ACI to represent Ireland at Rome Church Reform Conference

Sep 29, 2014 | 4 comments



Ireland will be represented in Rome on October 2nd and 3rd when an international lay group committed to reform in the Catholic Church meets to call for a greater lay representation in the upcoming Church Synod on the Family. The Association of Catholics in Ireland (ACI) will send a delegation to the conference organised by Catholic Church Reform International [CCRI], which seeks reform in the Catholic Church through a united voice and collaborative action.The group’s Forum on the Family in Rome will see worldwide delegates seek to encourage Pope Francis to review the arrangements for the Synod to ensure that there is a truly adequate and balanced representation from ordinary and diverse Catholic families with appropriate provision for them to share their views, be heard and to have a vote.

The Irish Hierarchy will be represented at the Synod by Archbishop Diarmuid Martin – and the ACI is pleased that the Archbishop has agreed to meet with a delegation from the Association prior to his departure for Rome.

In addition, during the Synod the ACI is holding a Seminar in the Regency Hotel, Dublin on Saturday, October 11th, to start a ‘National Conversation’ on the subject of the Church, the Family and Society in the 21st Century. The keynote speakers will be Mark Patrick Hederman OSB, Abbot of Glenstal Abbey and Dr Siobhan Garrigan, currently Loyola Chair of Catholic Theology at Trinity College, Dublin and formerly Professor of Liturgy at Yale Divinity School in the US. More details available on

Commenting on the current lay representation planned for the Synod, CCRI says:

“The Vatican has announced that 14 married couples from 12 nations will join 197 bishops, 15 other clerics and 16 lay experts at the Synod. We are at a loss as to how these representatives of families were chosen. In a truly transparent and accountable Church, the selection process should have been open. Moreover, only 24 women will participate as collaborators and auditors without a vote in the Synod deliberations, despite the Pope’s call in Evangelii Gaudium “to create broader opportunities for a more incisive female presence in the Church” and for the expansion of “possible roles (for) women in decision-making in areas of the Church’s life.”

Among the married couples and non-clerical auditors and collaborators selected, few represent the diversity of families within the Church, but rather organizations that generally support existing doctrine, much of which was questioned by grass-roots respondents to the Synod survey circulated globally last year. Regrettably, non-clerical participants from the faithful will be only a small minority (17.2%) in an essentially clerical forum, and will have no vote in the decision-making process.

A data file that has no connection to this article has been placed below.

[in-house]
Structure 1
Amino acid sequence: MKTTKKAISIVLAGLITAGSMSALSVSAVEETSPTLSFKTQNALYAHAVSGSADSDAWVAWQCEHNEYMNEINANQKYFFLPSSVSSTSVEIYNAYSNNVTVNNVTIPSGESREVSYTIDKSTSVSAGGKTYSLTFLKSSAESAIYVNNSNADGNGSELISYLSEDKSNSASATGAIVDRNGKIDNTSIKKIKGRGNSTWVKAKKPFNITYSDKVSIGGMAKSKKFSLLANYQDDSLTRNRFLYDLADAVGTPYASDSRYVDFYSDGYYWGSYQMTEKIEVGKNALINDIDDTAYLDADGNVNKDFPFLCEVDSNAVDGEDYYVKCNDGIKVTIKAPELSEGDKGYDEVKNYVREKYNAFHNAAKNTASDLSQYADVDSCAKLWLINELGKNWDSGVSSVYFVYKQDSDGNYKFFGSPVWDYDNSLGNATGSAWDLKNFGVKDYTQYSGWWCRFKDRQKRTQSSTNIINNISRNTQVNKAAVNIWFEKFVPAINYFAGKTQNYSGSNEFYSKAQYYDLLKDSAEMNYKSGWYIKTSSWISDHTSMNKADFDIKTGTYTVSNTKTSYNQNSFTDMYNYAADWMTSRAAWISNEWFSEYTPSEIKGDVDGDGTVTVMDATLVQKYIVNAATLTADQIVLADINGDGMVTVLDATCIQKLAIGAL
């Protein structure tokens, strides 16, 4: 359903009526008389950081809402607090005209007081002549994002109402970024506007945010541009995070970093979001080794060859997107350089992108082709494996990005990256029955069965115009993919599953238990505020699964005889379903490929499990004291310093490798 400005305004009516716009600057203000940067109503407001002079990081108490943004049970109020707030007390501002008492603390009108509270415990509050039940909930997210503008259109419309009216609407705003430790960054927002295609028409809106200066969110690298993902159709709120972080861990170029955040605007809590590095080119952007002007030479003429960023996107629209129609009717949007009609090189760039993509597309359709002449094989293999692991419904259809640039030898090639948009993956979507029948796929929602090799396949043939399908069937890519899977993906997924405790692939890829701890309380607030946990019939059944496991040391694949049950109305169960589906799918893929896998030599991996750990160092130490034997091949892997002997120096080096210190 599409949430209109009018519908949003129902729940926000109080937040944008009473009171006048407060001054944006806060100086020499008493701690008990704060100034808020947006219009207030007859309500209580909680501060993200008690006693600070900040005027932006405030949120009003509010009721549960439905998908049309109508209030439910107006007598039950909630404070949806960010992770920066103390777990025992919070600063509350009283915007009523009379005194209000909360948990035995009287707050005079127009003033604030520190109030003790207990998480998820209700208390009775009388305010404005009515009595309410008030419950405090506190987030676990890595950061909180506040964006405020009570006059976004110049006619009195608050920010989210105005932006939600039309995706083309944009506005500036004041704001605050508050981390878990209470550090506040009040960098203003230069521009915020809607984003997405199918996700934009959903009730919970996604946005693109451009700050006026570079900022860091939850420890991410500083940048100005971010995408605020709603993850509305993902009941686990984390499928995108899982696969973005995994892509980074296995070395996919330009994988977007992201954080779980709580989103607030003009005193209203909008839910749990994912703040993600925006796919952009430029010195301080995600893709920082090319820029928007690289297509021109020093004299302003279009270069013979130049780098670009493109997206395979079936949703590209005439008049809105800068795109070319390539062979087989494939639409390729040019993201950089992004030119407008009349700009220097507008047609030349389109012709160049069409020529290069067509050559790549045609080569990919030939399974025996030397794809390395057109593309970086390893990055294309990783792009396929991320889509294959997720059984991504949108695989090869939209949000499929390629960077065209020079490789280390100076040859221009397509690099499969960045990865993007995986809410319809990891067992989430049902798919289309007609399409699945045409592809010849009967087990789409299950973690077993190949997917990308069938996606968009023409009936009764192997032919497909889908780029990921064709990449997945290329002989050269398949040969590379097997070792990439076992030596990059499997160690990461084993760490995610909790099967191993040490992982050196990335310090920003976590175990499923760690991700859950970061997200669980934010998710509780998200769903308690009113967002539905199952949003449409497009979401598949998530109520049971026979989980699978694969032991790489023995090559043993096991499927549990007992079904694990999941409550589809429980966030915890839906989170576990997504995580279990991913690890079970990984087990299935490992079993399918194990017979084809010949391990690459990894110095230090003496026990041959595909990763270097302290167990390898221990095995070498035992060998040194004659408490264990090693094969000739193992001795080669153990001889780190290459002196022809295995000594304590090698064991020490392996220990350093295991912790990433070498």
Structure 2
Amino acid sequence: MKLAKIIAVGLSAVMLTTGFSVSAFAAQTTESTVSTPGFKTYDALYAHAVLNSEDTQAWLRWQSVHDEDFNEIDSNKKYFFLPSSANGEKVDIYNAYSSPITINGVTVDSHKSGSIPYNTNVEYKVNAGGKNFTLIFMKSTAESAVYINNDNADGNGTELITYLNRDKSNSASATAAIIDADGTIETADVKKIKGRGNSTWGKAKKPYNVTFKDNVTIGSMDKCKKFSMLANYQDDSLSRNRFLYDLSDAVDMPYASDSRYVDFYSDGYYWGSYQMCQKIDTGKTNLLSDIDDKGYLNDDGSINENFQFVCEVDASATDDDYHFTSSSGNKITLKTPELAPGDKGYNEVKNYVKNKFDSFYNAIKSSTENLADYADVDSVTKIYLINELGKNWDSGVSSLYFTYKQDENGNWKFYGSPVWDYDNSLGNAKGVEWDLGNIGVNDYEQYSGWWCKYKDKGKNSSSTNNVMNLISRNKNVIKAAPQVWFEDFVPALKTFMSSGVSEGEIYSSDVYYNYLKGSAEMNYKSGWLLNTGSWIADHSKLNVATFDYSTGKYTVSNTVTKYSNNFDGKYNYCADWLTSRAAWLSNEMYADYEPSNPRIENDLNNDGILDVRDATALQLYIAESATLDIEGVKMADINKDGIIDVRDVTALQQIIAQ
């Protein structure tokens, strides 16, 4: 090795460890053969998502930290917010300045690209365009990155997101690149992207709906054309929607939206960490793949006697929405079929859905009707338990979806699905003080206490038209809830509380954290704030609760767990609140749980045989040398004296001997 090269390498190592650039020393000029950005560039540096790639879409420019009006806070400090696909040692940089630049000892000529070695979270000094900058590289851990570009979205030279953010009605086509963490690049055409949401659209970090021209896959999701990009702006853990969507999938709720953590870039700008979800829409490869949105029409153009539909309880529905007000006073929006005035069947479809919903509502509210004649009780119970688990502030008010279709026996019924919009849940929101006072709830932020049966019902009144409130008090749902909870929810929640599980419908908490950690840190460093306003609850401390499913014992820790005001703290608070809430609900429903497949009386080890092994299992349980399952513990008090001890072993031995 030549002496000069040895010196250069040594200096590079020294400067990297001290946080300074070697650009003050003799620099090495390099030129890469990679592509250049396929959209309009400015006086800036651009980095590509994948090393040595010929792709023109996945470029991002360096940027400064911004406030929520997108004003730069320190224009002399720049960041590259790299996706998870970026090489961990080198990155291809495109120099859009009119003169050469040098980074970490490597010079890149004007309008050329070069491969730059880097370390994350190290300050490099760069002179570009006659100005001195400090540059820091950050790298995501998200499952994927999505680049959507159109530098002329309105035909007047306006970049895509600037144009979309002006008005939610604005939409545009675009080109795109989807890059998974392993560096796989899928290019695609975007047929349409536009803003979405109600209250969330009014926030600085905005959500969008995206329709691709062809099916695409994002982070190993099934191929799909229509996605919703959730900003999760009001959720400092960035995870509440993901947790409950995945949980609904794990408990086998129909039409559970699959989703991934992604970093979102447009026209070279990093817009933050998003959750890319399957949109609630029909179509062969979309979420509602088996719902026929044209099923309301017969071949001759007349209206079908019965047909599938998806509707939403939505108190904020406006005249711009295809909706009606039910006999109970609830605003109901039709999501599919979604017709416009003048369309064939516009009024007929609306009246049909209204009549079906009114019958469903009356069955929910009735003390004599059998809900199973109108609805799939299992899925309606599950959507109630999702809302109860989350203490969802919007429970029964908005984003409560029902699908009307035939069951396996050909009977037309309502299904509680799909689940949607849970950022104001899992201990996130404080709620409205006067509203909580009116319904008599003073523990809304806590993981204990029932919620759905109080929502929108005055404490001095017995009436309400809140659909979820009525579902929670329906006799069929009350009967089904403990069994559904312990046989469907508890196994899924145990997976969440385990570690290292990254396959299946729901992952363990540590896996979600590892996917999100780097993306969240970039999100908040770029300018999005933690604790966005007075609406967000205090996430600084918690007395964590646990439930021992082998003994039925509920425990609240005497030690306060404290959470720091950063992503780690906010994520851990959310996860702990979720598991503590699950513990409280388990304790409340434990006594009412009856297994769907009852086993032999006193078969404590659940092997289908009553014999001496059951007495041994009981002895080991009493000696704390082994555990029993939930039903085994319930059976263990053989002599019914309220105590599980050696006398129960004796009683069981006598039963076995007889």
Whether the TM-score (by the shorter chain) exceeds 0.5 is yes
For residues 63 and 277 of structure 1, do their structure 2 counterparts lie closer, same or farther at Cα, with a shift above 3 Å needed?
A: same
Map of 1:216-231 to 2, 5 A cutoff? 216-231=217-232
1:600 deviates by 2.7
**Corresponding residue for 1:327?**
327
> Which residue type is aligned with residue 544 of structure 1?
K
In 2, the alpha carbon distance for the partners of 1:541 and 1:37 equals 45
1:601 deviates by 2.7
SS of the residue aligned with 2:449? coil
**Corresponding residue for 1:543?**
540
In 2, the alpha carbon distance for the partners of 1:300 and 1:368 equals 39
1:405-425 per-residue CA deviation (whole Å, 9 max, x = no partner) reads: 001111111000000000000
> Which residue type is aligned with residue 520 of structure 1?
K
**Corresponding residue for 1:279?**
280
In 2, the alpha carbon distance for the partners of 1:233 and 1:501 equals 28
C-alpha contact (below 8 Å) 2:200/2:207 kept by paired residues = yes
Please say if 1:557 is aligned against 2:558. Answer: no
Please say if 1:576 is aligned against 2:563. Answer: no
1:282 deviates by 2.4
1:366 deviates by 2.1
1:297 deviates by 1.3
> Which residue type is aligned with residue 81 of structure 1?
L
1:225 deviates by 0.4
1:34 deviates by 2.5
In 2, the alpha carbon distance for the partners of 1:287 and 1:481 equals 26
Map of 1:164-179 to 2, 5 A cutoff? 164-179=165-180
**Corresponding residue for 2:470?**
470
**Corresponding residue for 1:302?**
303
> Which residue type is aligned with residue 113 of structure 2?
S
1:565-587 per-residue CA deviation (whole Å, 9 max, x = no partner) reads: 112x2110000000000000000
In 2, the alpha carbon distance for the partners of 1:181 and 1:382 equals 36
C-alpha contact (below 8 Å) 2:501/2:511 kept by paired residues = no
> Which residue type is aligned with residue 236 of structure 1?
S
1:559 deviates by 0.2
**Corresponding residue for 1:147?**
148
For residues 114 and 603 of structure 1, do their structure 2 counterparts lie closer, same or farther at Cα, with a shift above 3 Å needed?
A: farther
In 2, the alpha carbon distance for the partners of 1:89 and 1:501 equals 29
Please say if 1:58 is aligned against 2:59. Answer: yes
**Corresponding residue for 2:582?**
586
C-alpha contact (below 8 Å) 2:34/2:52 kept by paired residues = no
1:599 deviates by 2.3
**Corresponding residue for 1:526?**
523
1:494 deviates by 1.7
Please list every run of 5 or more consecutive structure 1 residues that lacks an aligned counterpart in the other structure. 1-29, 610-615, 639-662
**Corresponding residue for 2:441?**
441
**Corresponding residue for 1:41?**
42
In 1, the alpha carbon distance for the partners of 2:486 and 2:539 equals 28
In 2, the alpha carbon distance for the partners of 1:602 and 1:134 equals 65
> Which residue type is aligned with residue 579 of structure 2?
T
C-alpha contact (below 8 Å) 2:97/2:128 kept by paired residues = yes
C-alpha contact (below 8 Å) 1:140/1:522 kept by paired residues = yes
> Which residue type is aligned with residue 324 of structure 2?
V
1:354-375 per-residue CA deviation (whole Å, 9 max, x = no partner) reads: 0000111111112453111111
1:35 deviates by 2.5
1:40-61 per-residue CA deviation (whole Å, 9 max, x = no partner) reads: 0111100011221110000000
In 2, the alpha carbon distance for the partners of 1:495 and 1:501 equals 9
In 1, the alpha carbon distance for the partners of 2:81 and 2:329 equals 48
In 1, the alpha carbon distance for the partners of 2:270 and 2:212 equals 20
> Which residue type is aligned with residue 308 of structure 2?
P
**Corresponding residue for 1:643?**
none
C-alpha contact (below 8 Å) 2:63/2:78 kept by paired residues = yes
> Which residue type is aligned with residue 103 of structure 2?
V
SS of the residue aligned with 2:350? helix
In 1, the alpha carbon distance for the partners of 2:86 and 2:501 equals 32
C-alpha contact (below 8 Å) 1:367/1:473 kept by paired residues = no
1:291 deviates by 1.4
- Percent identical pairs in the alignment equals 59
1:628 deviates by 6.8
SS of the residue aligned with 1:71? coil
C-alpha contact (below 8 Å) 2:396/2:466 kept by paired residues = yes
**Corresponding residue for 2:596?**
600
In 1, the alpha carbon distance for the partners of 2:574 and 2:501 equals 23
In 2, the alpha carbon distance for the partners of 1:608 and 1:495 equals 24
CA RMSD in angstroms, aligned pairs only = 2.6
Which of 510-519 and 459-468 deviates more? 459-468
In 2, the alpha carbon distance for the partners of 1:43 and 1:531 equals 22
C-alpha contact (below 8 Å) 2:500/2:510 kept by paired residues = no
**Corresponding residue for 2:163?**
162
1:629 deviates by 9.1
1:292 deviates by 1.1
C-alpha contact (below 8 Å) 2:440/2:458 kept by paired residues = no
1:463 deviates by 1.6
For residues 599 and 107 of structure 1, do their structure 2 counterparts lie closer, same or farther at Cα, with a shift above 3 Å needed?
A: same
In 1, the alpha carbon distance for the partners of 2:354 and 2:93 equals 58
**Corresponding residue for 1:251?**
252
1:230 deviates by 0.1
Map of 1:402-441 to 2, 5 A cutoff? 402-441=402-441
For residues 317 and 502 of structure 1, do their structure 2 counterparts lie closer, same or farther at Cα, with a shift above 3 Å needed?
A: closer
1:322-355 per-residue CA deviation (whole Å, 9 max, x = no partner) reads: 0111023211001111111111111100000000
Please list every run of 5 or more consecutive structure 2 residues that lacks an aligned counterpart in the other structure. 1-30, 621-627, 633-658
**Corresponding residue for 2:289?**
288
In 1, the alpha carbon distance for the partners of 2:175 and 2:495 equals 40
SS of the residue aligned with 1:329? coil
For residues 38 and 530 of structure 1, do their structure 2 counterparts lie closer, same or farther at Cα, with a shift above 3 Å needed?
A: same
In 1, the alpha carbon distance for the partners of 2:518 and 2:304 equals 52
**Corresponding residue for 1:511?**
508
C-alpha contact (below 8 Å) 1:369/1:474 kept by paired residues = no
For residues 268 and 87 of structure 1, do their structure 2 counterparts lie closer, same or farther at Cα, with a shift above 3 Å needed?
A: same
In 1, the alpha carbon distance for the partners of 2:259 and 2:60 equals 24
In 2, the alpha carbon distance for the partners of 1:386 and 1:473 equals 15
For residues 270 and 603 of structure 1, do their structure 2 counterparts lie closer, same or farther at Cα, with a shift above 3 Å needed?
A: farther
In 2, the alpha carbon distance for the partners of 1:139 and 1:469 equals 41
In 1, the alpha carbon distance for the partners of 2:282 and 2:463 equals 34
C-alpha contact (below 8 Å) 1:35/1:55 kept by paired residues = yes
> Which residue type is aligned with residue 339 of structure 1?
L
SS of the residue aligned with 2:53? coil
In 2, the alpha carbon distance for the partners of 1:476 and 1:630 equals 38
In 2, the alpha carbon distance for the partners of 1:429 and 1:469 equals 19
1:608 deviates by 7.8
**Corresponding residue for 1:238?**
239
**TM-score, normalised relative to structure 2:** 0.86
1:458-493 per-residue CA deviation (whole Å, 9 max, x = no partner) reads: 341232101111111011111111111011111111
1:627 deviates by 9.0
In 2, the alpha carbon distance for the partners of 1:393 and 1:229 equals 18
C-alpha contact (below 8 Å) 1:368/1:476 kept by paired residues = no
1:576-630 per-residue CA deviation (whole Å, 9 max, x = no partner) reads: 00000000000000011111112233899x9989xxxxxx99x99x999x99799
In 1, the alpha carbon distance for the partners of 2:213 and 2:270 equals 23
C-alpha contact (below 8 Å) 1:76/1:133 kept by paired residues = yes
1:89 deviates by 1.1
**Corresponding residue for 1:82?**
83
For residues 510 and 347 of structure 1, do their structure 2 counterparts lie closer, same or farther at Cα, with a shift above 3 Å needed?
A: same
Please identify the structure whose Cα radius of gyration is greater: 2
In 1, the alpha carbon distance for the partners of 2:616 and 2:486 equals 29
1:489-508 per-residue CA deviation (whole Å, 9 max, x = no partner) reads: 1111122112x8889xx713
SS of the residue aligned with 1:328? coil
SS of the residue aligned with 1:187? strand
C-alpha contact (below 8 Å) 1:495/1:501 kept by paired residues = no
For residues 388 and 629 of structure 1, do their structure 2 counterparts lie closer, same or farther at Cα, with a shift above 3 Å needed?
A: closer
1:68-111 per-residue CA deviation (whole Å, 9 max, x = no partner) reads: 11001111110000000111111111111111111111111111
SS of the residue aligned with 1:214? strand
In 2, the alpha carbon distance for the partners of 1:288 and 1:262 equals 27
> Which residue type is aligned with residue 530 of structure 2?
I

“It seems that the Synod has been designed to ensure that bishops are being sheltered from the voices of diverse Catholic families who live their daily lives not always according to the formulations in the Catechism, but attuned in good conscience to their understanding and embrace of the word of God”.

Recently in an open letter to Pope Francis, CCRI say

“When you called the Extraordinary Synod on the Family, we welcomed this initiative as a genuine attempt to consult the people of the Church. We now write to you on the cusp of the Synod to express our dismay at the process employed in selecting participants from the faithful, a process that ignores your commitment to “involve all the People of God” and sadly reflects the continued mindset of clericalism with its reluctance to be accountable and transparent.”


Noel McCann 087 9274379


  1. Laurel

    What was the outcome of the conference? Who was the ACI representative? Who is the Catholic Church Reform International organisation?

  2. Noel McCann

    Thanks for your enquiry. The best advice I can give is to refer you to the Catholic Church Reform International website [] which has a full report on the Rome Conference as well as lots of information on CCRI.

  3. Laurel

    So it’s all about the process apparently. The process of the synod was in itself a step forward. I suppose this is what progress looks like. More tortoise than hare.


Submit a Comment

Your email address will not be published. Required fields are marked *

two × 5 =

Pin It on Pinterest

Share This